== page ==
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Switching to Acrylics?


RidgeRunner
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Hi all,

 

I am a 100% enamels users but, for health reasons, I am considering a switch to acrylics. In the past I have been through a similar period of consideration and stuck with my enamels. However, I probably should try. I have a few questions for the collective and would be grateful if your advice:

 

1. are acrylics as durable as enamels once hardened?

 

2. when using how do you keep the flow? My little experience of acrylics has meant a rapid clogging of the airbrush

 

3. is the range of colours as good as enamels? I am primarily a post war jets builder. any suggestions?

 

4. how easy is clean-up post painting! 


5. How are acrylics thinned? Water? 
 

6. I think enamel washes can be used over acrylics?

 

That’ll probably do for now! ;). Thanks in advance.

 

Martin

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In the following I am talking about vinyl acrylics rather than the alcohol acrylics like Mr Hobby Color or Tamiya.

 

When I am using acrylics for airbrush work my preferred is Lifecolor using their thinners. I have come to like Lifecolor a lot. I have less tip dry issues with them than others.

 

In my experience:

 

1. are acrylics as durable as enamels once hardened? 

No, they are not. Lifecolor does dry robust but not to the level of enamels.

 

2. when using how do you keep the flow? My little experience of acrylics has meant a rapid clogging of the airbrush

Thinning ratio is key. You will thin more and build up color slow. Do not expect coverage as you have enjoyed with enamels and yet I find with Lifecolor you quickly get to good coverage and lovely thin coats. Expect minimum three. I do not put the paint job aside between coats. Just keep going. Expect the first coat to have little colour and do not be tempted to flood coat. Also, even though tip dry is not a big issue I am still in the habit of regularly cleaning the tip during a spray job with a Q-Tip. A must on a hot day. I also use a black lacquer undercoat (Mr Finishing Surfacer 1500) which does not help you for health reasons. Others will recommend a suitable undercoat. I prefer acrylics over an undercoat.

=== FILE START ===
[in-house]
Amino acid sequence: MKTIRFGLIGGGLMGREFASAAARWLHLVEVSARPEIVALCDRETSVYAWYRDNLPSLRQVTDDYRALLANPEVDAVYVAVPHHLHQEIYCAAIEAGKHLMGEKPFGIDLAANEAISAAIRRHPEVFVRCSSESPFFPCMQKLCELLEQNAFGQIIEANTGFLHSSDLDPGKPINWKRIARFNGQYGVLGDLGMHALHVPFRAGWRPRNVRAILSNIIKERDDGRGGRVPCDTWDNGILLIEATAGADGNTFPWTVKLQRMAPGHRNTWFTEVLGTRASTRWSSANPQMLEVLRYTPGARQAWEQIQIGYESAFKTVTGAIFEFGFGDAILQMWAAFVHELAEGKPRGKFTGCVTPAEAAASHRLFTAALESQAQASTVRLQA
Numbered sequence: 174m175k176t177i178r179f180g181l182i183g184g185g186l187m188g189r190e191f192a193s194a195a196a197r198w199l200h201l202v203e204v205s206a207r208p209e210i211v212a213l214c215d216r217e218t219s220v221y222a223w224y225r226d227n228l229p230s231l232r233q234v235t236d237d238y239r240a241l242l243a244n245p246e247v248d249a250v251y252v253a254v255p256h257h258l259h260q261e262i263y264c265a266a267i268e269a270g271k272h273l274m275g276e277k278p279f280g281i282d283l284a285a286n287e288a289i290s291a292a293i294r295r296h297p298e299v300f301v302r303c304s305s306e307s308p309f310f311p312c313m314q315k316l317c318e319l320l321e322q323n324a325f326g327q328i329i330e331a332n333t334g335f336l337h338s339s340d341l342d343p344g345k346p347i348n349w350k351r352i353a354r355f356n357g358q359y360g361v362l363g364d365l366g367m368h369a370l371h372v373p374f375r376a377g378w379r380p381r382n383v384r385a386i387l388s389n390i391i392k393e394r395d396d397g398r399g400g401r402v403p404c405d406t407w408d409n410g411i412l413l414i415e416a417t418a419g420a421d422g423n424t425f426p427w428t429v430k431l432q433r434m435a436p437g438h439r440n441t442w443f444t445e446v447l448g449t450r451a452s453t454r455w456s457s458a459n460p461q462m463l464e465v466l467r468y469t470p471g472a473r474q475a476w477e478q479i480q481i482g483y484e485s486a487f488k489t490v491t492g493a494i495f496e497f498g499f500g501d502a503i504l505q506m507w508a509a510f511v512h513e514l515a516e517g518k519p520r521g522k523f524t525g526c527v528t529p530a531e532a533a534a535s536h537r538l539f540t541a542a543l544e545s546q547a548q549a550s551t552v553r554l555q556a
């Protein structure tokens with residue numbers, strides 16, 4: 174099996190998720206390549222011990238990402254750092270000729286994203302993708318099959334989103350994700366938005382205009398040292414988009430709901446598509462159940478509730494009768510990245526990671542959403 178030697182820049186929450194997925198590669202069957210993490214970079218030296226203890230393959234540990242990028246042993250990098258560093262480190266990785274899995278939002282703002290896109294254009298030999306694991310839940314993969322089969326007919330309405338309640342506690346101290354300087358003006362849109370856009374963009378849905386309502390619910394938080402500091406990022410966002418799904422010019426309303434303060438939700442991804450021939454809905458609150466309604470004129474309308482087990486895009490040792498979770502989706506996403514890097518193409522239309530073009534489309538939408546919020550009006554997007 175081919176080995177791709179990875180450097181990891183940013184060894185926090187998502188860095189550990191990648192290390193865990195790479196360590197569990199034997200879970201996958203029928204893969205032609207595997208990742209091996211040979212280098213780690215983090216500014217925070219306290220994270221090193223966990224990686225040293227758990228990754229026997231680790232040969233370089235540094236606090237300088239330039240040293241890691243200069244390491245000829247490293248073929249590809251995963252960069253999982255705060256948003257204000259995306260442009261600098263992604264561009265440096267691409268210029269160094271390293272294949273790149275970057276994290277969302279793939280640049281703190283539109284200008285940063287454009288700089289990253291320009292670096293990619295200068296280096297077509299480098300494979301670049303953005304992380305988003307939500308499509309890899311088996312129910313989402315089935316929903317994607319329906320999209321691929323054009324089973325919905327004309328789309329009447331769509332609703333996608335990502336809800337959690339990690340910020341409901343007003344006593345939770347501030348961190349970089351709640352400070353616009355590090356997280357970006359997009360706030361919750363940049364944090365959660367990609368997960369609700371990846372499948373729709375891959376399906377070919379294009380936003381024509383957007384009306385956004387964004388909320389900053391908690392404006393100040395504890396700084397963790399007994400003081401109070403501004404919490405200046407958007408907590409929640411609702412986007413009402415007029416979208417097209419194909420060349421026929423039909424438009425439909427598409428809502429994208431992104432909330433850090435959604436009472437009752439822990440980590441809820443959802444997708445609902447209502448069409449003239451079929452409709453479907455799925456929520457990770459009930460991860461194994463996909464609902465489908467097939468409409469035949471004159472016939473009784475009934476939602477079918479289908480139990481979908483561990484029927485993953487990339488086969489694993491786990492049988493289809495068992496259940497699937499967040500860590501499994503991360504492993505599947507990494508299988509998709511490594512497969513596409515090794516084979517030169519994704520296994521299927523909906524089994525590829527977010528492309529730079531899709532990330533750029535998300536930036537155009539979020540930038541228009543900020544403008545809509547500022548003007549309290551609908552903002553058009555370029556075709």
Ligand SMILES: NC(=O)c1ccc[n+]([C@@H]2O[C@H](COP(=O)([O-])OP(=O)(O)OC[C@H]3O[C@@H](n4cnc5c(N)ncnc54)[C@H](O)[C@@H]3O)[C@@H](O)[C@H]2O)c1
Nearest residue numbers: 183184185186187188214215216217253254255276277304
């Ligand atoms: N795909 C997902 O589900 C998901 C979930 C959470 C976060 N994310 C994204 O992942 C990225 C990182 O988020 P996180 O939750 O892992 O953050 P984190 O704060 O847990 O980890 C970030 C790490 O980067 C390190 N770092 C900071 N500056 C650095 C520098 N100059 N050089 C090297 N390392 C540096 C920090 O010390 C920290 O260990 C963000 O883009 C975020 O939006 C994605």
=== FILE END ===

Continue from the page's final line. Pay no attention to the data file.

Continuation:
3. is the range of colours as good as enamels? I am primarily a post war jets builder. any suggestions?

Lifecolor has a good range - post war I am not sure.

 

4. how easy is clean-up post painting! 

Simple so long as you never let it dry in the airbrush. Never spray to a dry cup (good practice with all paints). Always keep a wet cup. I find Lifecolor airbrush cleaner excellent.

 

5. How are acrylics thinned? Water? 

I can thin with water but prefer the manufacturer's thinner. I have a mix with a little flow enhancer that works well for me.
 

6. I think enamel washes can be used over acrylics?

Yes, except I do prefer to use a clear coat before doing so. Previously Future now prefer Alclad Aqua Gloss Clear. I use very targeted washes with my style so robust mechanical removal of washes is not normally needed.

 

Expect a good deal of experimentation but persevere. It is a new experience as you build up light coats. Thinning and airbrush settings will be different. 

 

Ray

 

 

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I feel that Ray answered all questions brilliantly and, as a long time user of acrylics, I pretty much share his same experience.

A few random thoughts I can add....

Lifecolors are maybe the most robust among water thinned acrylics, Vallejo's probably the least robuts with others in the middle. Does this matter ? Sure an acrylic coat requires a bit more care when handling but that's it.

Adhesion can be a problem, and again Lifecolor's seem to be the best in this respect. In any case a well primed surface should be no problem. There are acrylic primers as well but I found that generally all acrylics stick well to primers like Tamiya and Mr. Surfacer. Better in any case use good masking tape, anything with too strong a glue may lift some paint.

 

Colour range is not an issue, considering the various companies that today make these paints you can find pretty much every colour used by every air force in the last 100 years.. if not a perfect match, something close enough not to notice the difference. With choices from Lifecolor, Xtraclylics, Vallejo, Hataka and I sure have forgotten a few, you'll have plenty of options.

What can be a problem is that some manufacturers are not too consistent with their supposed matches... care is needed with Vallejo and also some lifecolors. Still, this is also a problem with certain enamel ranges so the best thing to do is check asking here, someone will have tried a paint that works well.

Another problem will of course be local availability, if this is how you prefer to buy your paints. In my corner of the world both Vallejo and Lifecolors can be found easily in many places, some not even proper hobby shops, things may differ where you live. Of course everything can be found through online dealers, but the problems with paint shipping options and the consequences of Brexit may have some impact.